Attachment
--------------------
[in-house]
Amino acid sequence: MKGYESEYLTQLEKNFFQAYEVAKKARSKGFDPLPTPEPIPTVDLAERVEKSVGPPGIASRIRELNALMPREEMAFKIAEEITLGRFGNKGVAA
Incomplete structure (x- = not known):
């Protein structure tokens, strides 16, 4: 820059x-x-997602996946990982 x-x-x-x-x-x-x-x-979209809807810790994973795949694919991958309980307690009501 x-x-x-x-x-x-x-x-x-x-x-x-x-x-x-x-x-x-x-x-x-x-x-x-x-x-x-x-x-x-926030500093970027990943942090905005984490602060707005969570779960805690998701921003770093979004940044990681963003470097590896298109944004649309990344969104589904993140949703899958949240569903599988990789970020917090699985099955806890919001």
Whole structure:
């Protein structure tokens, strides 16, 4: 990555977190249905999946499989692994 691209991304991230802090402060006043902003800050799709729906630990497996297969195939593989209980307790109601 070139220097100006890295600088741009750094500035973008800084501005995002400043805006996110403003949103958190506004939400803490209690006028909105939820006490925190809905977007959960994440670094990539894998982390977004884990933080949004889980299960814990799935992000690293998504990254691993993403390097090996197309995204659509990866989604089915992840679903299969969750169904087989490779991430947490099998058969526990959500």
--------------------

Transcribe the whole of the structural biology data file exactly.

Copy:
[in-house]
Amino acid sequence: MKGYESEYLTQLEKNFFQAYEVAKKARSKGFDPLPTPEPIPTVDLAERVEKSVGPPGIASRIRELNALMPREEMAFKIAEEITLGRFGNKGVAA
Incomplete structure (x- = not known):
């Protein structure tokens, strides 16, 4: 820059x-x-997602996946990982 x-x-x-x-x-x-x-x-979209809807810790994973795949694919991958309980307690009501 x-x-x-x-x-x-x-x-x-x-x-x-x-x-x-x-x-x-x-x-x-x-x-x-x-x-x-x-x-x-926030500093970027990943942090905005984490602060707005969570779960805690998701921003770093979004940044990681963003470097590896298109944004649309990344969104589904993140949703899958949240569903599988990789970020917090699985099955806890919001």
Whole structure:
């Protein structure tokens, strides 16, 4: 990555977190249905999946499989692994 691209991304991230802090402060006043902003800050799709729906630990497996297969195939593989209980307790109601 070139220097100006890295600088741009750094500035973008800084501005995002400043805006996110403003949103958190506004939400803490209690006028909105939820006490925190809905977007959960994440670094990539894998982390977004884990933080949004889980299960814990799935992000690293998504990254691993993403390097090996197309995204659509990866989604089915992840679903299969969750169904087989490779991430947490099998058969526990959500």